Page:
sound

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Art Design

A Grid of Audio Speakers That Shoots Fleeting Patterns of Fog by Daniel Schulze

December 20, 2013

Christopher Jobson

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For Those Who See is a 2010 installation by Berlin-based artist Daniel Schulze that relies on a 7×7 grid of audio speakers to generate rings of fog that shoot upward from the device. The vortices appear for only a second or so, but are distinct enough that Schulze could then translate digital signals into fleeting visual patterns. The installation was a jury recommended work at the 14th Japan Media Arts Festival and won the audience award at the Create10 Student Design Competition.

 

 



Art

Beautiful Thoughts: Artist Lisa Park Manipulates Water with Her Mind

June 13, 2013

Christopher Jobson

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Conceptual artist Lisa Park has been experimenting with a specialized device called a NeuroSky EEG headset that helps transform brain activity into streams of data that can be manipulated for the purposes of research, or in this case, a Fluxus-inspired performance art piece titled Eunoia (Greek for “beautiful thought”). Park used the EEG headset to monitor the delta, theta, alpha, and beta waves of her brain as well as eye movements and transformed the resulting data with specialized software into sound waves. Five speakers are placed under shallow dishes of water which then vibrate in various patterns in accordance with her brain activity.

While the system is not an exact science, Park rehearsed for nearly a month by thinking about specific people whom she had strong emotional reactions to. The artist then correlated each of the five speakers with certain emotions: sadness, anger, hatred, desire, and happiness. According to the Creator’s Project her hope had been to achieve a sort of zen-like state resulting in complete silence, however it proved to be ultimately unattainable, a result that is actually somewhat poetic.

It’s important to note that artists have long been using EEG devices to create “music with the mind”. Composer and experimental musician Alvin Lucier had a somewhat similar performance called Music for Solo Performer back in 1965. Read more about Euonia over on the Creator’s Project. (via booooooom)

 

 



Science

The Visual Patterns of Audio Frequencies Seen through Vibrating Sand

June 6, 2013

Christopher Jobson

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Youtube user Brusspup (previously here and here) who often explores the intersection between art and science just released this new video featuring the Chladni plate experiment. First a black metal plate is attached to a tone generator and then sand is poured on the plate. As the speaker is cycled through various frequencies the sand naturally gravitates to the area where the least amount of vibration occurs causing fascinating geometric patterns to emerge. There’s actually a mathematical law that determines how each shape will form, the higher the frequency the more complex the pattern.

 

 



Art

Giant New Sound Installation by Zimoun Inside an Abandoned Chemical Tank

May 29, 2013

Christopher Jobson

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Prolific sound artist Zimoun (previously here and here) has completed work on what may be his most ambitious project ever, a towering sound installation inside an abandoned toluene tank in Dottikon, Switzerland. The permanent installation uses 329 of the artist’s trademark prepared dc-motors and cotton balls that have been affixed to the inner tank walls, and relied on contributions from Hannes Zweifel Architecture, Davide Groppi, and many others. The result is a whirring, rhythmic soundscape that is completely camouflaged within an old factory. Via Zimoun’s artist statement:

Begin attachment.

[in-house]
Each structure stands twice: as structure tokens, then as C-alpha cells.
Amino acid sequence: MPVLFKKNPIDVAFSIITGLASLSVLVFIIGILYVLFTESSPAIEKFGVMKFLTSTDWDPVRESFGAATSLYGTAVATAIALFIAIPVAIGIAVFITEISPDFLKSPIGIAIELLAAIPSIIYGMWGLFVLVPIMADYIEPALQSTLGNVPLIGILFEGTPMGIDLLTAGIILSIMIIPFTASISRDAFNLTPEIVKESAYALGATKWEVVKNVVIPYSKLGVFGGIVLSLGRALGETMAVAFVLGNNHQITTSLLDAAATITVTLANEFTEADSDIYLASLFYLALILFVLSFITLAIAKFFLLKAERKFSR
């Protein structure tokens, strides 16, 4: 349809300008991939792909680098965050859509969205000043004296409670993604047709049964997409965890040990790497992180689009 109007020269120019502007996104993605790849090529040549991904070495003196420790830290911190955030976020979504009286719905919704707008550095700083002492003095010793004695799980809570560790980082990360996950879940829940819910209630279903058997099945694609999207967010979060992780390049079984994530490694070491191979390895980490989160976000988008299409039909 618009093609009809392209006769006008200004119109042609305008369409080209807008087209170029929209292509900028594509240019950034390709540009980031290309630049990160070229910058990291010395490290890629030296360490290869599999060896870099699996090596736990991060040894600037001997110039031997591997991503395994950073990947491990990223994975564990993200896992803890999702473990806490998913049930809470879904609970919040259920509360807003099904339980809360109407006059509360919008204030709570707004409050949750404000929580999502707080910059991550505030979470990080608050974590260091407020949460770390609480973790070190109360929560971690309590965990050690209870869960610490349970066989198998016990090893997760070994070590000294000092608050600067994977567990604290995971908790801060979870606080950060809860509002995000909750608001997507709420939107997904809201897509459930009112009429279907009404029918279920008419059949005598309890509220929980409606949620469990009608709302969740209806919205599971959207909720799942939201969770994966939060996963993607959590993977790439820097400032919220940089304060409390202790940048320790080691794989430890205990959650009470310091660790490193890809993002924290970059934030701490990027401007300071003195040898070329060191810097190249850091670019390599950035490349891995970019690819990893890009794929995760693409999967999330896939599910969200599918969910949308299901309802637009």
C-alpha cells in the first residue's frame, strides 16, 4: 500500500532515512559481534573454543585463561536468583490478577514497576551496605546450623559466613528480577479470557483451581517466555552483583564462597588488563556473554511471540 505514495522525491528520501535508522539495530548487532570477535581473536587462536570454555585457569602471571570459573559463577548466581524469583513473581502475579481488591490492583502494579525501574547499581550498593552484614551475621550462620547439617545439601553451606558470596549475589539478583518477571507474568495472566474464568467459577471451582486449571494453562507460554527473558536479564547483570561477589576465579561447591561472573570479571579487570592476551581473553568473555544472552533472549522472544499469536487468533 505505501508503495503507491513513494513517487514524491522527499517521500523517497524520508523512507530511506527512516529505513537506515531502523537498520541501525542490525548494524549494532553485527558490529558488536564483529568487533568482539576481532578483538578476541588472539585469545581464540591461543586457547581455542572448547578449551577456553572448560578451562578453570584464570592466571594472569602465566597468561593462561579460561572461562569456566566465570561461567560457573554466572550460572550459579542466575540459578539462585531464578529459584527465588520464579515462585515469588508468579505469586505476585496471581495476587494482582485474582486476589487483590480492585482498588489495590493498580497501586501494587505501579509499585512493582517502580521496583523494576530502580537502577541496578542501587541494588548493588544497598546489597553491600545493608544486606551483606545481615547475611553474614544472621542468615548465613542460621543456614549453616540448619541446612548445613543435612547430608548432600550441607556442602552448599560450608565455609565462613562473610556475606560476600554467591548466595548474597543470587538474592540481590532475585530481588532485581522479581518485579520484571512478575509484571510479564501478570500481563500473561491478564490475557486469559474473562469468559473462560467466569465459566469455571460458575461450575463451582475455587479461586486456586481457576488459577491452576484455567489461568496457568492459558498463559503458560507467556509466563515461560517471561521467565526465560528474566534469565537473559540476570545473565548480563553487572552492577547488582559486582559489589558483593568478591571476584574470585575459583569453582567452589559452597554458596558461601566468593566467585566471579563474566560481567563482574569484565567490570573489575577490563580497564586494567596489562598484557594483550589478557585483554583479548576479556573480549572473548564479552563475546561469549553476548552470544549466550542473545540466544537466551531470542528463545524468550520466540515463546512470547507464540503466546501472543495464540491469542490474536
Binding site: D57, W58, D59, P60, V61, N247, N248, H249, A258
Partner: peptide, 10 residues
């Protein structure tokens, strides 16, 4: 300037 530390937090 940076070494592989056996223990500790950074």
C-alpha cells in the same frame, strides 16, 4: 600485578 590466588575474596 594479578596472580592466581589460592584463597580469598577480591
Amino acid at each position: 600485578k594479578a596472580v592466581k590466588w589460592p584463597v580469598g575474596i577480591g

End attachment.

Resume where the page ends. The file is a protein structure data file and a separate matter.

Using simple and functional components, Zimoun builds architecturally-minded platforms of sound. Exploring mechanical rhythm and flow in prepared systems, his installations incorporate commonplace industrial objects. In an obsessive display of simple and functional materials, these works articulate a tension between the orderly patterns of Modernism and the chaotic forces of life. Carrying an emotional depth, the acoustic hum of natural phenomena in Zimoun’s minimalist constructions effortlessly reverberates.

Zimoun has completed several additional installations in the last few months, all of which can been seen on his website.

Update: In case you’re wondering here’s a behind-the-scenes video of how it all came together.

 

 



Design Music

Collect Sounds Like Fireflies in the ‘Re: Sound Bottle,’ a Device that Creates Your Own Personal Soundtrack

December 28, 2012

Christopher Jobson

The Re: Sound Bottle is the audio equivalent of running around in a field in the summer collecting fireflies in a jar. Designed by Jun Fujiwara from Tama Art University, the bottle is simple in its usage but absurdly complex in its design which relies heavily on software to handle the recording, storing, and playback of audio tracks. To use it you simply uncork the device and if sound is present it immediately snaps into recording mode. As you record more individual sounds, an audio database is formed and tracks are automatically selected to create rhythmic tracks, essentially like a miniature robot DJ in a jar. To listen, you again uncork the top and wait for your personal soundtrack to play. Jun says he hopes the Re: Sound Bottle (still just a concept) will help people interact more directly with music by recording the audio from their daily life. The bottle won a special judge’s prize at the 2012 Mitsubishi Chemical Junior Designer Awards earlier this year. (via jason sondhi)